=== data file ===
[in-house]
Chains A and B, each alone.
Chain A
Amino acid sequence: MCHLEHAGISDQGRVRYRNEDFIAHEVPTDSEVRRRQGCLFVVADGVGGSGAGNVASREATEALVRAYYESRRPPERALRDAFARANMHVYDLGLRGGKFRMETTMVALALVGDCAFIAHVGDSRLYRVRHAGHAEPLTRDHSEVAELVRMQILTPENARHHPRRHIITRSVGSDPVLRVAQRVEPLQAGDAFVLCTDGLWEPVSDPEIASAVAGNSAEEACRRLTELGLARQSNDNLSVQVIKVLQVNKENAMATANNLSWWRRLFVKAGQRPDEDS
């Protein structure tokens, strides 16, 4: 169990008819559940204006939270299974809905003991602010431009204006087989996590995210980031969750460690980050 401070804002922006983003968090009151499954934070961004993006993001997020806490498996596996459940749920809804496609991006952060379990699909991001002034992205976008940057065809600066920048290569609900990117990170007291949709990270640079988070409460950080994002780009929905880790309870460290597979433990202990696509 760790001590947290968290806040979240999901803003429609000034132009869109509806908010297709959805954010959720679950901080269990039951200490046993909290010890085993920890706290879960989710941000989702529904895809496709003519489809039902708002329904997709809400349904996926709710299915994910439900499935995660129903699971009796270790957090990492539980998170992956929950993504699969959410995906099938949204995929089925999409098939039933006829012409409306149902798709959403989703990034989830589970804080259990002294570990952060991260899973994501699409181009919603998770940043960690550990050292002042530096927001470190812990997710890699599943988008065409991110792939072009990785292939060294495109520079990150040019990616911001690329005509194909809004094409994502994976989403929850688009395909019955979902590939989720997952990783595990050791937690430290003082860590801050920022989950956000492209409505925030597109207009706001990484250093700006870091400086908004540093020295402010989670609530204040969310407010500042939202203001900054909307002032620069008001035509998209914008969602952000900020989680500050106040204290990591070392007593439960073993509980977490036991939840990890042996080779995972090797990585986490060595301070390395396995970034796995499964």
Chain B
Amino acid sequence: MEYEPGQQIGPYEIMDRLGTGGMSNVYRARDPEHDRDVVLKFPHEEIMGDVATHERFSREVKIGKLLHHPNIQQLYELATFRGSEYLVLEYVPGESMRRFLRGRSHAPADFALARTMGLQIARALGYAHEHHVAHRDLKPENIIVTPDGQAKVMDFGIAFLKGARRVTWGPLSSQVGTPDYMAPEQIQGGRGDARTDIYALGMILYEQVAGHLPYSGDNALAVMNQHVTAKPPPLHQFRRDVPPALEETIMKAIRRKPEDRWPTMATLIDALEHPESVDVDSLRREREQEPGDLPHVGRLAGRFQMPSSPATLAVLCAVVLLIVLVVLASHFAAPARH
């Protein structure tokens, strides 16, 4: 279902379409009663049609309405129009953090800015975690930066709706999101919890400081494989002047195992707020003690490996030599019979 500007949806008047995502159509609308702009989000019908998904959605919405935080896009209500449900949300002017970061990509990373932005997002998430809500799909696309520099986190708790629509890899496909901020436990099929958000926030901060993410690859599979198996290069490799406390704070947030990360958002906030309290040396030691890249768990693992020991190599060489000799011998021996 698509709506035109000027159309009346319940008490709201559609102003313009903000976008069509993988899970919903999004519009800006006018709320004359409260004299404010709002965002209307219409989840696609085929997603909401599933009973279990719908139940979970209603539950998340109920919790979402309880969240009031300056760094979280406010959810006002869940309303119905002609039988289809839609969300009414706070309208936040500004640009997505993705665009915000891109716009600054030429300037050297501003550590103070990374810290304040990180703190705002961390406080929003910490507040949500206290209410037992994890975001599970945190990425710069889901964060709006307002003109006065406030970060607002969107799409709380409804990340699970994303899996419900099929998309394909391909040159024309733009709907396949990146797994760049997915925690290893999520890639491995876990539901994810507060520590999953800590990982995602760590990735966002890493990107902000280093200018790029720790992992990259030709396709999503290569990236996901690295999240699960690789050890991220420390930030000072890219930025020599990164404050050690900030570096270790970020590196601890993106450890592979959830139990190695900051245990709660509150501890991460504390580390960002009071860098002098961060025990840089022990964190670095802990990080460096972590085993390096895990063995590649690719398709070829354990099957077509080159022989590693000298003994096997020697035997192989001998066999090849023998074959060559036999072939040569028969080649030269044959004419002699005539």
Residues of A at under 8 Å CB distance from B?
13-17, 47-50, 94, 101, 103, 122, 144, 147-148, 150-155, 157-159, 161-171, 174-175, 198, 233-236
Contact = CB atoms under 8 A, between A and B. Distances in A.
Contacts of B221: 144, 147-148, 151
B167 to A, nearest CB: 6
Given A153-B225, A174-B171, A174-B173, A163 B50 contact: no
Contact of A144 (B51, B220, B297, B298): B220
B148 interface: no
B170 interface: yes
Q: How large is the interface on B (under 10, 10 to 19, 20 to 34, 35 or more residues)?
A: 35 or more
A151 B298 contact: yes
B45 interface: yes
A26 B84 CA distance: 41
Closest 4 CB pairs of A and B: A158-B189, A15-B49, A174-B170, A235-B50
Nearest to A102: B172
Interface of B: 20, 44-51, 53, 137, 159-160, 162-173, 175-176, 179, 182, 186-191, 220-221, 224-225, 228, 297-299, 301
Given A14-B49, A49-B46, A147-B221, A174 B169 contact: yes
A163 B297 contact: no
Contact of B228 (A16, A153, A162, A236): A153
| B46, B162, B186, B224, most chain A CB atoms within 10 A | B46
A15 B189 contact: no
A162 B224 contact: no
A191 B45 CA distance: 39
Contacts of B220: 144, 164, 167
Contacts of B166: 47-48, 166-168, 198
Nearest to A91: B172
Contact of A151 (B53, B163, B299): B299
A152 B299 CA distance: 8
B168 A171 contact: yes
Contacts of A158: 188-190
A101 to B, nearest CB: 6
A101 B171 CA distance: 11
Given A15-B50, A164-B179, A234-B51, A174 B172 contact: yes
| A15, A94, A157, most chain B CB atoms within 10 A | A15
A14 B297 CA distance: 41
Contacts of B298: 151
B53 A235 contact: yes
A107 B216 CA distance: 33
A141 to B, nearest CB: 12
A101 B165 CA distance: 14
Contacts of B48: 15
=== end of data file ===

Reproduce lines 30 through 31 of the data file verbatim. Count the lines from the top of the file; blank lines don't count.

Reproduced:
A15 B189 contact: no
A162 B224 contact: no